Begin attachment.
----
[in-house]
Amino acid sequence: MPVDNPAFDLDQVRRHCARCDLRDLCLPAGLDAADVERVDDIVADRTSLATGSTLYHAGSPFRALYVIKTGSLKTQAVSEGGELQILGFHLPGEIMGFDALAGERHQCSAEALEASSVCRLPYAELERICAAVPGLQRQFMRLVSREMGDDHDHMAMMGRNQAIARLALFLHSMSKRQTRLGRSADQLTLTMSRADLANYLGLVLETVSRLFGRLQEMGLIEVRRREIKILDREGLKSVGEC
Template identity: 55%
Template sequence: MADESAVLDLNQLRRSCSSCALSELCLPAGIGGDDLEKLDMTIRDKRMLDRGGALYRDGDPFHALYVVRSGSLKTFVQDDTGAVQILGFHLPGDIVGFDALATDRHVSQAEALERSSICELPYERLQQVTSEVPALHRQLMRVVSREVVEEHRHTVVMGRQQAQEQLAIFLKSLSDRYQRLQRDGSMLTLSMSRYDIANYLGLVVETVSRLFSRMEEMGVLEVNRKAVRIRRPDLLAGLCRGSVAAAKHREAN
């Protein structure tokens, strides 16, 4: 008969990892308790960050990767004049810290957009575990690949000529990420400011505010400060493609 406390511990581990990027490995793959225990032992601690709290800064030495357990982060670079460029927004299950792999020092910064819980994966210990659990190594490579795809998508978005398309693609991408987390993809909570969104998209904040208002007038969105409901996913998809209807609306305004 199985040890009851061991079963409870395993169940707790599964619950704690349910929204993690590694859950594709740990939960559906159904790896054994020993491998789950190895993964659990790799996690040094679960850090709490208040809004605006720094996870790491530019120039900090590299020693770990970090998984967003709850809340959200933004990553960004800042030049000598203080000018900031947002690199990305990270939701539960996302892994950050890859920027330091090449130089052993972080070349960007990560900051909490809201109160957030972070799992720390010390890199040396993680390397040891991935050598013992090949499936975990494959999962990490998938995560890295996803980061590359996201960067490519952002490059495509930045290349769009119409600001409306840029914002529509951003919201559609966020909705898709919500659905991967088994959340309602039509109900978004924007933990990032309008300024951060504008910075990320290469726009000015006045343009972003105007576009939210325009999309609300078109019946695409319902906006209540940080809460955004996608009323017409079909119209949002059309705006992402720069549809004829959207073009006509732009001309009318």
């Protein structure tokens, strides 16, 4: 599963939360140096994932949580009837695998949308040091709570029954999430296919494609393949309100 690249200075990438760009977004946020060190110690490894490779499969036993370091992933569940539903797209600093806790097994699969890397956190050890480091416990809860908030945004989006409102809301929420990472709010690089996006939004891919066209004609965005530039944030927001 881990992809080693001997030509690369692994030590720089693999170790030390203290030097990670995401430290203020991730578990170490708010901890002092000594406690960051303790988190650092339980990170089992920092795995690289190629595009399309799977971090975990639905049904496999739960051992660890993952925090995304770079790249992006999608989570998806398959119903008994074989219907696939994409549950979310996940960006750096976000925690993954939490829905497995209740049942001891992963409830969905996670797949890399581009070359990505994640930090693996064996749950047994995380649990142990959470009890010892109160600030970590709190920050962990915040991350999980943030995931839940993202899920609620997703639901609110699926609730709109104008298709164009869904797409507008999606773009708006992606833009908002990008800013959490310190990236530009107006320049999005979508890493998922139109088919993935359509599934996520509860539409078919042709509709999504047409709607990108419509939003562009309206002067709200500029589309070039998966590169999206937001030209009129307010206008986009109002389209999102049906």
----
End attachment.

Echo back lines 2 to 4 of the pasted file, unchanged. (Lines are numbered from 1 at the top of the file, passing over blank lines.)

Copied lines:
Amino acid sequence: MPVDNPAFDLDQVRRHCARCDLRDLCLPAGLDAADVERVDDIVADRTSLATGSTLYHAGSPFRALYVIKTGSLKTQAVSEGGELQILGFHLPGEIMGFDALAGERHQCSAEALEASSVCRLPYAELERICAAVPGLQRQFMRLVSREMGDDHDHMAMMGRNQAIARLALFLHSMSKRQTRLGRSADQLTLTMSRADLANYLGLVLETVSRLFGRLQEMGLIEVRRREIKILDREGLKSVGEC
Template identity: 55%
Template sequence: MADESAVLDLNQLRRSCSSCALSELCLPAGIGGDDLEKLDMTIRDKRMLDRGGALYRDGDPFHALYVVRSGSLKTFVQDDTGAVQILGFHLPGDIVGFDALATDRHVSQAEALERSSICELPYERLQQVTSEVPALHRQLMRVVSREVVEEHRHTVVMGRQQAQEQLAIFLKSLSDRYQRLQRDGSMLTLSMSRYDIANYLGLVVETVSRLFSRMEEMGVLEVNRKAVRIRRPDLLAGLCRGSVAAAKHREAN